What is your bike's name?:
What is your level of experience with cycling?:
How many years have you done the peloton ride?:
Why are you riding in the peloton?:
I first thought about it as something I might do someday as a chance to raise money doing something I enjoy. When I got diagnosed with cancer and started to meet those who were much worse off and struggling after treatment it was no longer just a maybe; it became something I had to do. The positive impact of Wellspring on those dealing with cancer is nothing short of amazing and I am proud to ride to support it and all those facing or recovering from cancer. Having Lewiston as the destination was icing on the cake. Can't wait to get there.
What are your top 5 inspirational songs you listen to while riding?:
I don't listen to music on the road. When training indoors on my Computrainer I listen to anything with a strong beat. The closest thing to inspirational music would be for post-training stretching and includes "Runner" (Manfred Mann's Earth Band) to remind me that I "will surely cross the line"; "Broken Arrow" (Robbie Robertson); "You Are Loved (Don't Give Up)" (Josh Groban); Let It Be (Beatles, Album Version); The Riddle (Five for Fighting).
Who are you riding for?:
In memory of friends who lost the battle; in support of those who are still fighting it; for my warrior; and for myself, because it is something I have to do. Sounds maudlin, doesn't it? That is what I would have thought before I was diagnosed with cancer and before I met so many who are affected by it. Not anymore. I understand now.
What do you hope to get out of the experience this year?:
Satisfaction and some sustaining memories.
What are you looking forward to most?:
I am looking forward to the challenge, the camaraderie and cycling through Maine. An additional benefit will be a couple of uninterrupted weeks cycling with my wife, Jenny, who is also part of the Peloton.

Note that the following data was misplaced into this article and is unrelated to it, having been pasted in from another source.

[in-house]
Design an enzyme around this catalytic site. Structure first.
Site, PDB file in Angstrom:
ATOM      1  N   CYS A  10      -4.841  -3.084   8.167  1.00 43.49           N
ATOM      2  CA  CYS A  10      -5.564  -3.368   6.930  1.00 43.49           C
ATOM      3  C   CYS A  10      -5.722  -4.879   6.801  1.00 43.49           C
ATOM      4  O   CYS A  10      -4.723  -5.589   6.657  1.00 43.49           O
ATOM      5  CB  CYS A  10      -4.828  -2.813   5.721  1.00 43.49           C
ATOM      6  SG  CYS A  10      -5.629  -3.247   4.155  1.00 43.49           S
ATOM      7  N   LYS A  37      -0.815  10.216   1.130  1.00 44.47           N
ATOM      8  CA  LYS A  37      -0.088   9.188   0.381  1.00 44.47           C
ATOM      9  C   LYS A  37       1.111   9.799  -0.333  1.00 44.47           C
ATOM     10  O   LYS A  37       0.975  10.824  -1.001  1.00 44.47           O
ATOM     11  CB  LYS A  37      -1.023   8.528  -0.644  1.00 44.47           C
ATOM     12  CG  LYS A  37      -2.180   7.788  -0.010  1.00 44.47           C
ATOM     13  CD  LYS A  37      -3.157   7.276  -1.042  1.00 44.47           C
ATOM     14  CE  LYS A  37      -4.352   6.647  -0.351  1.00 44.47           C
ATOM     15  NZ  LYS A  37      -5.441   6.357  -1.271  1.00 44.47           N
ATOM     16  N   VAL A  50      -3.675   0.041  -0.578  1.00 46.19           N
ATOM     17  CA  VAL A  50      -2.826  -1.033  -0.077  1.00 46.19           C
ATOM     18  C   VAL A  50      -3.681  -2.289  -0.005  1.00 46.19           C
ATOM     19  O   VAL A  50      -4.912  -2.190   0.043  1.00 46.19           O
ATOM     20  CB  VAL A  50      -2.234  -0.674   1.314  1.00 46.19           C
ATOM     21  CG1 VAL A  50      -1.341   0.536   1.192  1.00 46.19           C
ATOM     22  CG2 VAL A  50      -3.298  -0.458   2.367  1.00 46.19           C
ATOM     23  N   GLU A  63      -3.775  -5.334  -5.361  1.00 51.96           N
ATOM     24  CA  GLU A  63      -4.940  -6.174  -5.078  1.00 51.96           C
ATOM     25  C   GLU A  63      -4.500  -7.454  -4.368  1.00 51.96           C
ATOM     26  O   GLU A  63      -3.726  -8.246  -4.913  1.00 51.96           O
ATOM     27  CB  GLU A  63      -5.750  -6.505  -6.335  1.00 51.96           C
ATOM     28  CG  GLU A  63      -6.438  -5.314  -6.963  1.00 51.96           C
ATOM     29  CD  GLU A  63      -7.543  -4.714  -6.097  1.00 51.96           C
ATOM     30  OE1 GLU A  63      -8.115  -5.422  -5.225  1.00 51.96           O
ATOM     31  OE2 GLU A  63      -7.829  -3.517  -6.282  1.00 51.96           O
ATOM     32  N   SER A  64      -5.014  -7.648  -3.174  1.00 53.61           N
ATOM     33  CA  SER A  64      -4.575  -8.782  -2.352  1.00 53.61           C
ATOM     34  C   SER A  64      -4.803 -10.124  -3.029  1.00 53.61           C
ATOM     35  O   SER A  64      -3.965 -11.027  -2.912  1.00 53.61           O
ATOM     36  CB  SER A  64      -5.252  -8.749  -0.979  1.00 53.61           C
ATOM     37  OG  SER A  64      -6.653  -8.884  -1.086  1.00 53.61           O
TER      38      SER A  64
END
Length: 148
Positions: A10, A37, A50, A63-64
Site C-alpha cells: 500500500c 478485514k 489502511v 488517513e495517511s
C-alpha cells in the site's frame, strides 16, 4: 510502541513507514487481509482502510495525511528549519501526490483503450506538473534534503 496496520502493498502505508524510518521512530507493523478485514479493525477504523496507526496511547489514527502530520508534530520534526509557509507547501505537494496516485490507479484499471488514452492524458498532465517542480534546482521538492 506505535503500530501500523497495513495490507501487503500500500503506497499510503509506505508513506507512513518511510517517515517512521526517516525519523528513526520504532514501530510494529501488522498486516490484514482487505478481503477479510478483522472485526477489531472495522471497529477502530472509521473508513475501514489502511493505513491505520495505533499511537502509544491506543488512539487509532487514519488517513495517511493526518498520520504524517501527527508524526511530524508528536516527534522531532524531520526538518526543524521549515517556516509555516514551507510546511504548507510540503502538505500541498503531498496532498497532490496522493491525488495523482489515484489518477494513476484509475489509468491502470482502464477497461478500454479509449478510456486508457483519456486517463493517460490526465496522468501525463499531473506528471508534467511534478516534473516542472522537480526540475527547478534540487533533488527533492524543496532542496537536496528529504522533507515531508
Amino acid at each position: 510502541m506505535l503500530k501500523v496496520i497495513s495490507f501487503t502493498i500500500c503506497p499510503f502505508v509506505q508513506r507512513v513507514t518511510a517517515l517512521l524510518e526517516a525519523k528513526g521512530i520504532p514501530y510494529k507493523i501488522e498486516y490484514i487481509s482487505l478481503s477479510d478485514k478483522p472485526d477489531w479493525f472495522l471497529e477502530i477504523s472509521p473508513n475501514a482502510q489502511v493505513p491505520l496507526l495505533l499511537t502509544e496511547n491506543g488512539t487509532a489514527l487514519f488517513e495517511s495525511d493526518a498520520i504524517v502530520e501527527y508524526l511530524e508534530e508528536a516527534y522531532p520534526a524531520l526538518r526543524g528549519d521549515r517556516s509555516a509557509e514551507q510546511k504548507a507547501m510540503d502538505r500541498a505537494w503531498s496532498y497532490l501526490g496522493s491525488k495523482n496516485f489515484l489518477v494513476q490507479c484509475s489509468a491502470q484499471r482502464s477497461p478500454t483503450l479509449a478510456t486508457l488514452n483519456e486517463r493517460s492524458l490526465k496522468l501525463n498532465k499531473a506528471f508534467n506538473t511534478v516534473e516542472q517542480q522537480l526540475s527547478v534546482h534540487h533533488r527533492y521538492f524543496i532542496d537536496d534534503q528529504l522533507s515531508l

What is your biggest fear for this journey?:
That something will prevent me from starting it.
How have you been affected by cancer?:
Cancer has killed or disrupted the lives of friends and family. It has affected me directly through diagnosis, surgery and a slow recovery.
If you have cancer, what is your diagnosis?:
Prostate cancer. This is the most difficult question to answer because were it not for the Peloton Project, I would not have disclosed my diagnosis outside my immediate family. Keeping the diagnosis secret while riding to raise awareness of the need for cancer support programs seemed more than a little inconsistent, but disclosure was still very difficult.
What treatments have you undergone?:
Radical prostatectomy (removal of the prostate and anything else that looked sketchy). It looks like I have avoided the need for chemo or radiation.
If cancer walked into the room, what would you say to it?:
Take a good look around because your days are numbered. No matter how strong you think you are, ultimately we are stronger and you will be defeated. In the meantime, since you are here, feel free to help yourself to some of this tasty chemo and radiation.
What makes you pedal harder—(when the riding gets tough, what do you think about)?:
Nothing anyone would be interested in - mainly I just focus on power and cadence and remind myself that the exertion never hurts more than quitting.